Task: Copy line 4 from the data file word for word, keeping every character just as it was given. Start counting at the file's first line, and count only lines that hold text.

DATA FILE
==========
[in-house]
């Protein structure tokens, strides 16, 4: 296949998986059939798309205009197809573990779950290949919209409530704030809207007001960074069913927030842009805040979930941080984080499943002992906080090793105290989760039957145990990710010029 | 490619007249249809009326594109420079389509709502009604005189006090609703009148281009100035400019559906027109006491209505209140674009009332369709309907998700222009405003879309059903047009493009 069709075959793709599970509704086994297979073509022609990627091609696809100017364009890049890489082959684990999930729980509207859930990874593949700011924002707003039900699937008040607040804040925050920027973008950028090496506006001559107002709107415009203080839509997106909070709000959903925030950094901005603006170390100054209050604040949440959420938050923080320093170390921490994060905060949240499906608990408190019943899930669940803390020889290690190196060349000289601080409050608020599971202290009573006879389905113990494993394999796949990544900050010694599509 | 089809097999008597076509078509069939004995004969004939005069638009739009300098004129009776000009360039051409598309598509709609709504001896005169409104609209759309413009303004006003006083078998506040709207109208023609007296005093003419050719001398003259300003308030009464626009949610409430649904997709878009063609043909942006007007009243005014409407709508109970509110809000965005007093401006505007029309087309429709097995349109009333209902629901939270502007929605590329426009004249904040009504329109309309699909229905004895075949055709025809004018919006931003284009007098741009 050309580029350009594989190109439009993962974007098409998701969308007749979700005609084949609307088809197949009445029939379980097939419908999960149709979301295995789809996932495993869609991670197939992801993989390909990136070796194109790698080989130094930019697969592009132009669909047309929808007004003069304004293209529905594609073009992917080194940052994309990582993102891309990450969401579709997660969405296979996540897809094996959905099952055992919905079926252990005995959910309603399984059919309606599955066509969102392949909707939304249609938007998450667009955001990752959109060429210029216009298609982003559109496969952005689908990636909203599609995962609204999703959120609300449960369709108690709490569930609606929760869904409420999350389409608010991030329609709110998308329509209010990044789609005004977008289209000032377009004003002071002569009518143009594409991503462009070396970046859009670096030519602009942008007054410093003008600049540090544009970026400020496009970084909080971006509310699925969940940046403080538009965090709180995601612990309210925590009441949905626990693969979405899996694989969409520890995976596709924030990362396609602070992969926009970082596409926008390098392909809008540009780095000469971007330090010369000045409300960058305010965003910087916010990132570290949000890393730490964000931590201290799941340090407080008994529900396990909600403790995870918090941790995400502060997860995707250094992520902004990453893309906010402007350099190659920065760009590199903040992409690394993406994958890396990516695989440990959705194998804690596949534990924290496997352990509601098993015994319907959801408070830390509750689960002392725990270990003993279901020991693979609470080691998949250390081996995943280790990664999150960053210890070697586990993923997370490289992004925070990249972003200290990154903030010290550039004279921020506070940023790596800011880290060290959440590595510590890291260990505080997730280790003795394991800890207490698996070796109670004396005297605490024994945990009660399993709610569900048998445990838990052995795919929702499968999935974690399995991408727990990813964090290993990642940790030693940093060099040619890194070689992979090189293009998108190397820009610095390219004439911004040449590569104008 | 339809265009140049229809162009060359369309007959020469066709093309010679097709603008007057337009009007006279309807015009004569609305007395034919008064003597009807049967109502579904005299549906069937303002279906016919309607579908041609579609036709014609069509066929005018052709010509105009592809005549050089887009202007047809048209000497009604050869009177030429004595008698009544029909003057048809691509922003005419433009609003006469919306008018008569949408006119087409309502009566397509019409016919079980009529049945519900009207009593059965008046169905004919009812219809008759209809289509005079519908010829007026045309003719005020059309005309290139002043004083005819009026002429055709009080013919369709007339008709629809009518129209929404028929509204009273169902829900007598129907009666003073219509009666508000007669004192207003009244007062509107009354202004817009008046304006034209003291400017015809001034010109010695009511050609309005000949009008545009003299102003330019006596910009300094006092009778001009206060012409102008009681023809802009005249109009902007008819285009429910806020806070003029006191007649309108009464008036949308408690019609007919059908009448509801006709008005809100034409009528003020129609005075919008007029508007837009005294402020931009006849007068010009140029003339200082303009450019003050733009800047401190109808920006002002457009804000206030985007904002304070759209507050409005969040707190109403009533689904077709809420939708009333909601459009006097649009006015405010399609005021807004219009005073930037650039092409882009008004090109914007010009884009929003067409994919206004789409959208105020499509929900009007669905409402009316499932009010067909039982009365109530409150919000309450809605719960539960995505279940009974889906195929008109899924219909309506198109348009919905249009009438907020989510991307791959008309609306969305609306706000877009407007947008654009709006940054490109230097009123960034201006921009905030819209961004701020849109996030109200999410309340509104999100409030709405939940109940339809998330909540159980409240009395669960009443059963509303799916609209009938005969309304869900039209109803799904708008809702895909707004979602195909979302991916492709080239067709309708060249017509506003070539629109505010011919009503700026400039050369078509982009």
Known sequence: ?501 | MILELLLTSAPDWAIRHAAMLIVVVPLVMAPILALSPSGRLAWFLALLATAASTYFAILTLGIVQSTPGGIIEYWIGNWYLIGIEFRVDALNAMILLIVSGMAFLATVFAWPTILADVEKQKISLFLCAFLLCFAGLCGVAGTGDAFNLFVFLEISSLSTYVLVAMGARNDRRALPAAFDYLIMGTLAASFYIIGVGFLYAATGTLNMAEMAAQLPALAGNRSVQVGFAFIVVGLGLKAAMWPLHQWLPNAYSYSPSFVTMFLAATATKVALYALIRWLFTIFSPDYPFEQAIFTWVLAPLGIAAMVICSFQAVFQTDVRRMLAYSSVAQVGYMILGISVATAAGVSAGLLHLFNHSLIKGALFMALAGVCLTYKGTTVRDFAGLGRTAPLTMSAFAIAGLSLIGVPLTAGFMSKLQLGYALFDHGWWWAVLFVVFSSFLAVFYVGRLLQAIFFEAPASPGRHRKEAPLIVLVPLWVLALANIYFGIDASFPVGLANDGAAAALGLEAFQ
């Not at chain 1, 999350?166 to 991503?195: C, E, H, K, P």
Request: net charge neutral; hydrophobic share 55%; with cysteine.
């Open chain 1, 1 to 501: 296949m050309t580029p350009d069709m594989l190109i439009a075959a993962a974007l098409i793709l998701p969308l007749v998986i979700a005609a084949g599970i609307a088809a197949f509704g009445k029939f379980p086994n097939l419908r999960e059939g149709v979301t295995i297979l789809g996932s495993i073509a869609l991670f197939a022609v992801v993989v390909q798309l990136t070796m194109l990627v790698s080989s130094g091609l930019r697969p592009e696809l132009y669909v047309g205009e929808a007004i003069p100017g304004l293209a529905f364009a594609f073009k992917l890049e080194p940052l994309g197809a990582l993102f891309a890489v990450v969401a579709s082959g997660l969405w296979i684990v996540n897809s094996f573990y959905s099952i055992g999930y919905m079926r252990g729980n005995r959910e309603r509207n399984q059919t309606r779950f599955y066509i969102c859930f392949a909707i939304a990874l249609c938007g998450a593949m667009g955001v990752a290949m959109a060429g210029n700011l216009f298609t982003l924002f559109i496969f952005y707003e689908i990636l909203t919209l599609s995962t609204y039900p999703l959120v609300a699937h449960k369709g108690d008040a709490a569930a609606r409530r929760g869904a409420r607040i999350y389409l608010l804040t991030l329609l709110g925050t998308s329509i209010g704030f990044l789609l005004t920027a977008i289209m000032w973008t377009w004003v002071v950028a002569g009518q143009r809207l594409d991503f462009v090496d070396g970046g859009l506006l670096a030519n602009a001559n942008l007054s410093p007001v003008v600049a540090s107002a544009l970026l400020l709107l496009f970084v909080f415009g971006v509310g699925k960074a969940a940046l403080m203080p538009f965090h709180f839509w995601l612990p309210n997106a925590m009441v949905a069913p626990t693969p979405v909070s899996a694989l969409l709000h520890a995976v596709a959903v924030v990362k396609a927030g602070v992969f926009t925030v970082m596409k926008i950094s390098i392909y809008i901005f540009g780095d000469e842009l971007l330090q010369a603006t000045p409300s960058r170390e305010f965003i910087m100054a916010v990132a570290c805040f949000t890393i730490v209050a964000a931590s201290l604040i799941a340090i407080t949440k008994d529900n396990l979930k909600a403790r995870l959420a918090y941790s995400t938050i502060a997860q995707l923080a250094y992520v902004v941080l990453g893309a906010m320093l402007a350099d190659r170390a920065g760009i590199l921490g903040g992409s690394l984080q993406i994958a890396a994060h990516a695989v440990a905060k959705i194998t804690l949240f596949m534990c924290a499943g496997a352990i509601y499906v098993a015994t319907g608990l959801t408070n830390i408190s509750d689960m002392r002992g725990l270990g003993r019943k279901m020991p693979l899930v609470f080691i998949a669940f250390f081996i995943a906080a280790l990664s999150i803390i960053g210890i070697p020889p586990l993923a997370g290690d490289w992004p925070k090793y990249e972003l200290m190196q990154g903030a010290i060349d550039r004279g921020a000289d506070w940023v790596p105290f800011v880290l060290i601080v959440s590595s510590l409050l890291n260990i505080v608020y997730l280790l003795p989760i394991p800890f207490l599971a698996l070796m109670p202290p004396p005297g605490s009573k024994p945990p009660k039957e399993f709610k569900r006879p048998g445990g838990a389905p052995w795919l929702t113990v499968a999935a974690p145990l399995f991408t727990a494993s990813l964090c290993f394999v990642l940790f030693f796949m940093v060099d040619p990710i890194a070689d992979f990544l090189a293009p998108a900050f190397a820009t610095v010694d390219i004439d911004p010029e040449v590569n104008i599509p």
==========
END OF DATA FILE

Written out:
């Not at chain 1, 999350?166 to 991503?195: C, E, H, K, P």